I feel for the few fans that Phoenix has developed over the 14 years. This should not be viewed as a US vs Canada thing. This should be viewed as the NHL doing what’s right and correcting a mistake from the past, by bringing the Winnipeg Jets back to Winnipeg. This would be a happy ending to a sad chapter in the NHL.

  3. steve - Mar 29, 2010 at 3:44 PM

    Moving teams to Canada (Canadian fans often cry their teams are moved south – but hey, they only had 2 teams of the ‘original 6′), may or may not make the teams financially stable (lets face it, Toronto is the only team with a license to print money) and certainly please fans in those cities (I’d love to see the Jets return). But, this will do nothing to grow the game in the U.S., which is the long term goal of the NHL.
    Dallas had been a model franchise, growing the game in their area at an incredible rate. Other sun belt franchises should take note, but the bottom line is putting a fairly consistent winning team on the ice.

  4. Mark - Mar 29, 2010 at 3:53 PM

    Well said Domi. The Coyotes were originally the Winnipeg Jets as most hockey fans will know. It would be a very good move and gesture by the NHL to move the team back there. The Jets meant so much to Winnipeg. It was a devastating loss when the team left for them. The team helped the city feel connection with the rest of Canada. Winnipeg is perhaps the most hockey mad city in the world and the game is very much part of the culture.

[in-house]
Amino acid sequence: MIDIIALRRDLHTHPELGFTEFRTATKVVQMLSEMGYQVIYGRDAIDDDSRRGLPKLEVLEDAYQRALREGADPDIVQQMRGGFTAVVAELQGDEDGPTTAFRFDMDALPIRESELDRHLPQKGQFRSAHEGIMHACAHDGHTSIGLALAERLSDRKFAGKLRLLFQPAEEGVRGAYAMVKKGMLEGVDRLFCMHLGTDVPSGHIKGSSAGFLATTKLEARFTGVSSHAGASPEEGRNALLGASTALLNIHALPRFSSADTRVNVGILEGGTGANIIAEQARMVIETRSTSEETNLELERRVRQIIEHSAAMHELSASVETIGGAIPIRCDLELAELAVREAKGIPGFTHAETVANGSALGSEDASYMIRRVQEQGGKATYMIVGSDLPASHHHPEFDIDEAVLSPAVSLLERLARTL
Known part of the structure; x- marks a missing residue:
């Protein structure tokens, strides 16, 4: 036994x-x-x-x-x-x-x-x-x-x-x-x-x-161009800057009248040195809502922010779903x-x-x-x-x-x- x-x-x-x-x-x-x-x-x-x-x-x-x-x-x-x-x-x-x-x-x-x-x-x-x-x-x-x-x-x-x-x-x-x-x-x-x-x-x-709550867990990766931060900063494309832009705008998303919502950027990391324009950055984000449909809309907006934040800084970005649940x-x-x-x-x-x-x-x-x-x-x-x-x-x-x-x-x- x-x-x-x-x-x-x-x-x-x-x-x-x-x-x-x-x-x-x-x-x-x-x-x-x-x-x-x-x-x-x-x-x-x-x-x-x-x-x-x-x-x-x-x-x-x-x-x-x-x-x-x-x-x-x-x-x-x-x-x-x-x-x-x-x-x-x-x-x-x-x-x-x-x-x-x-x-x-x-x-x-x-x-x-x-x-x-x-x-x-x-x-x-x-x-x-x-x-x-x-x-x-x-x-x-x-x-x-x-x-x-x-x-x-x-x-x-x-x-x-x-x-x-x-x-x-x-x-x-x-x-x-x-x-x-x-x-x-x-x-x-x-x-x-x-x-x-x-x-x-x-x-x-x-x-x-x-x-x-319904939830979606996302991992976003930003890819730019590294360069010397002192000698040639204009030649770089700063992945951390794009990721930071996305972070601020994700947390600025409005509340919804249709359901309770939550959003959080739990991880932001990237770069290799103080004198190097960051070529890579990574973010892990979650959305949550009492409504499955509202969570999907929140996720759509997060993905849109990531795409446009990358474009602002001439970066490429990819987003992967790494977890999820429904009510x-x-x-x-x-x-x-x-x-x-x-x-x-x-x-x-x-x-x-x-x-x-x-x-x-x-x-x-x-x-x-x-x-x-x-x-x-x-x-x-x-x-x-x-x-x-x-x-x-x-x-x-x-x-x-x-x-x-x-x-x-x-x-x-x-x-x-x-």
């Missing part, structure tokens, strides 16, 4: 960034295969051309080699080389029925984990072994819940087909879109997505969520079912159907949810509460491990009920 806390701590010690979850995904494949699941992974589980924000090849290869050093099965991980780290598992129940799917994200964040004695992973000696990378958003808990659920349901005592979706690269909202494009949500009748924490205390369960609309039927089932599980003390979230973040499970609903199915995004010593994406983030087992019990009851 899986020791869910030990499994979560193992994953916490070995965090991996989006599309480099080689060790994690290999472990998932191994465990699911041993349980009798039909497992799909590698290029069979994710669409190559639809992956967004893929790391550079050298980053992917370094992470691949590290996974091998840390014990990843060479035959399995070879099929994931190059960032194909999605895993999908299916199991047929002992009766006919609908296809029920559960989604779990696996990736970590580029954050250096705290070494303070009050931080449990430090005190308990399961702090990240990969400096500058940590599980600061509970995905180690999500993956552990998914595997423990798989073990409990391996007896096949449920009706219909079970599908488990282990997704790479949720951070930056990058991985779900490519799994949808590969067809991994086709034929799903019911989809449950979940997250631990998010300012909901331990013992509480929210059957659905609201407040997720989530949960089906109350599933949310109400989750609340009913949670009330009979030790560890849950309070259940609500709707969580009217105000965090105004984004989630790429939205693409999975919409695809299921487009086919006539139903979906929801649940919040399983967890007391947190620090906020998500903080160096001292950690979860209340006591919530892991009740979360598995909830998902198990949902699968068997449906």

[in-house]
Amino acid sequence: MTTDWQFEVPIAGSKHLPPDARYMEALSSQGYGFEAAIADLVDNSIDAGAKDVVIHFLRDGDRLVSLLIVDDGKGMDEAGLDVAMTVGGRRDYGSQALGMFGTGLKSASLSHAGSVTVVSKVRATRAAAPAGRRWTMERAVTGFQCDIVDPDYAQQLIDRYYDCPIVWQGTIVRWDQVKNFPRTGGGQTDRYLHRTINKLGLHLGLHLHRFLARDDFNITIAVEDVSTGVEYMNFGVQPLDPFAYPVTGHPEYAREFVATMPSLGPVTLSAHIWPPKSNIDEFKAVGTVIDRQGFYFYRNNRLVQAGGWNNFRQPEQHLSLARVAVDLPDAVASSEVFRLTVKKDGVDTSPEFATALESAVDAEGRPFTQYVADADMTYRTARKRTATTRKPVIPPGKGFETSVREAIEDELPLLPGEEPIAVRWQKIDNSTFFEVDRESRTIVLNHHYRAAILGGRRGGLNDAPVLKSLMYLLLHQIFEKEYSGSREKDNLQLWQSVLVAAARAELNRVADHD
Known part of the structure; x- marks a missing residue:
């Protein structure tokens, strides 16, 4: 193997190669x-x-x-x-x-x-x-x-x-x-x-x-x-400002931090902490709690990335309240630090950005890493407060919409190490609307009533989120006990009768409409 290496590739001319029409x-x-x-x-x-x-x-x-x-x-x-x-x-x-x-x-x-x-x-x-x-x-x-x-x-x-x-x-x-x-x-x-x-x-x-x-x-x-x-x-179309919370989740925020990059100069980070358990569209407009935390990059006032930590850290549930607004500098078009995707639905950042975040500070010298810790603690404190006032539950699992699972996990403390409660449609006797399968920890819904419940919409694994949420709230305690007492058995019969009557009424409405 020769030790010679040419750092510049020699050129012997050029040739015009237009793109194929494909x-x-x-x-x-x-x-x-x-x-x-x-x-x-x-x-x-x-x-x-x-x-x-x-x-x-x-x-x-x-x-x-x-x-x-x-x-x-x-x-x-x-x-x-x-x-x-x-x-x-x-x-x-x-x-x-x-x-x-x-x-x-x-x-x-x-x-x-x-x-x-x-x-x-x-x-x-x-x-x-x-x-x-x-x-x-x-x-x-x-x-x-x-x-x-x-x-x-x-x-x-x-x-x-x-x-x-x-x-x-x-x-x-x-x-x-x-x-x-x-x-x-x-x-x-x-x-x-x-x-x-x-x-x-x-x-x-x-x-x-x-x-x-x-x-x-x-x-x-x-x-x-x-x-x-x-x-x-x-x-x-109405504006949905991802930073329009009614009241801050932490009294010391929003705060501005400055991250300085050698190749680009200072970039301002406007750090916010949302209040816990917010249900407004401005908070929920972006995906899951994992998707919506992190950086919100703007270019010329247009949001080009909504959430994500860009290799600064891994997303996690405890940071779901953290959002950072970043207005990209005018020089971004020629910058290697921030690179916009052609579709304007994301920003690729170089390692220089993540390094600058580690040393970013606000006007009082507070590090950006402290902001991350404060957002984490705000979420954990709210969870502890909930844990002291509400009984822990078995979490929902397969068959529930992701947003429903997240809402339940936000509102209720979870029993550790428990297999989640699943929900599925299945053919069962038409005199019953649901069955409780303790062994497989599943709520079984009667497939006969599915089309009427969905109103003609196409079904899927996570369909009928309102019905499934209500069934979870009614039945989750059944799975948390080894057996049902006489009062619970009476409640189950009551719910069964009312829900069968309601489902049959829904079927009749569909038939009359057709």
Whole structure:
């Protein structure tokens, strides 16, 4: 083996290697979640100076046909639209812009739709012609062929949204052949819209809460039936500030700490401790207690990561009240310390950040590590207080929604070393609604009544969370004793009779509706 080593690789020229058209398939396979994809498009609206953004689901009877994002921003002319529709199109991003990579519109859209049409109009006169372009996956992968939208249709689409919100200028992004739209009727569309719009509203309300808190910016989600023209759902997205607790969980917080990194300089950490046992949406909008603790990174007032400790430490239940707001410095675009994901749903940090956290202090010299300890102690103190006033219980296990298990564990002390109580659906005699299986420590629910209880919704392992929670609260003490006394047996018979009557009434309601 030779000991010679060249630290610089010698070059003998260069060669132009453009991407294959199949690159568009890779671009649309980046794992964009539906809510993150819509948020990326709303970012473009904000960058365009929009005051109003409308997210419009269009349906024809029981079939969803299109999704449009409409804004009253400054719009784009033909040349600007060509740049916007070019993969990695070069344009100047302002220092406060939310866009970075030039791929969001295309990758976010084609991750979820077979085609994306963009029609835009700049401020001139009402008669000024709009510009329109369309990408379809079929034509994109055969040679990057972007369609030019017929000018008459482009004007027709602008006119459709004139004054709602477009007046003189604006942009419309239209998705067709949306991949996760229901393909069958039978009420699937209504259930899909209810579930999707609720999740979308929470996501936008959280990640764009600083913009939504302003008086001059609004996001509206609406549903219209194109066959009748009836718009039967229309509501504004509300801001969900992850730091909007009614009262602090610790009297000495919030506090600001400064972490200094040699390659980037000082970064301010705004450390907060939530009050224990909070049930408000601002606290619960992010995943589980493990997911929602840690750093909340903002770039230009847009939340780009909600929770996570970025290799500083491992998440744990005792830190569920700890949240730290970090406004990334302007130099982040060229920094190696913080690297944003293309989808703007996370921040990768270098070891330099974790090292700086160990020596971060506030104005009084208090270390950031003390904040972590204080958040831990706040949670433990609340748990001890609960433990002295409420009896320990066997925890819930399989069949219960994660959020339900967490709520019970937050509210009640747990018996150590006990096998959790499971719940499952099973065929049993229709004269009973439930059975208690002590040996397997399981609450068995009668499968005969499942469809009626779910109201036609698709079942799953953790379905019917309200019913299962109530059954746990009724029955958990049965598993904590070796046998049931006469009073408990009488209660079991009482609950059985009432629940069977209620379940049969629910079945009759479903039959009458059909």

If this happens, I also feel for the few fans in Arizona, but they still have a lot of sports and entertainment options and I’m certain an AHL or ECHL team would be established there.

  5. Dirk - Mar 29, 2010 at 9:55 PM

    Yes, but the Phoenix Coyotes’ jersey is one of the coolest looking jerseys, great color. And what happens to the Manitoba Moose? Do they go to AZ?

  6. Ken Nambu - Mar 30, 2010 at 1:07 AM

    Yes, move the Jets back to Winnipeg, then the following year get the Whalers back in Hartford. Once we have the Nordiques back home, then the nightmare will finally be over.

  7. Steve - Mar 30, 2010 at 11:50 AM

    Corporate support in Winnipeg is much improved from 1996. Plus they have a new arena, which was what the problem was, not to mentions spiralling play salaries which are not capped. Canadian dollar is almost at par now too. Check the facts before forming opinions. Hockey does NOT belong in Phoenix, especially at a mere $25 for lower bowl seats. Stick to Football.

  8. Brandon - Apr 4, 2010 at 10:05 PM

    Hockey can work in the south if the team performs well and management puts a consistent winner on the ice. The difference is a 25-30-6 team in phoenix or miami(depending on the away team) will probably draw about 12,000 with about only 8,000 in attendance. In winnipeg or hamilton that same mediocre team would probably sell out or at least draw 15,000 due to the love of the game and the die hard fans. Thats the difference. Denver has never experienced a bad team thats why hockey has worked there so well. The same cannot be said for atlanta,phoenix,florida(miami),nashville etc. I’m from the northeast and recently went to a tampa bay lightning game while in florida. They were playing the capitals. They announced attendance at 11,000 (probably about 5,000 in attendance) and half the arena was in Ovechkin t shirts.

  9. John - May 22, 2010 at 1:16 PM

    The Moose would be a welcome back here in B.C., either with Victoria(who currently have ECHL), or even here at GM Place as there are lots of people who want to see the young pro-players in the Canucks farm system. Abbotsford would have made more sense, but we all know what happened there,lol. My wish for Winnipeg is for the NHL to go back soon, and the Moose find a really good home,that will be almost as good as Winnipeg is for the Ahl. A hard feat to live up to. Good job Winnipeg.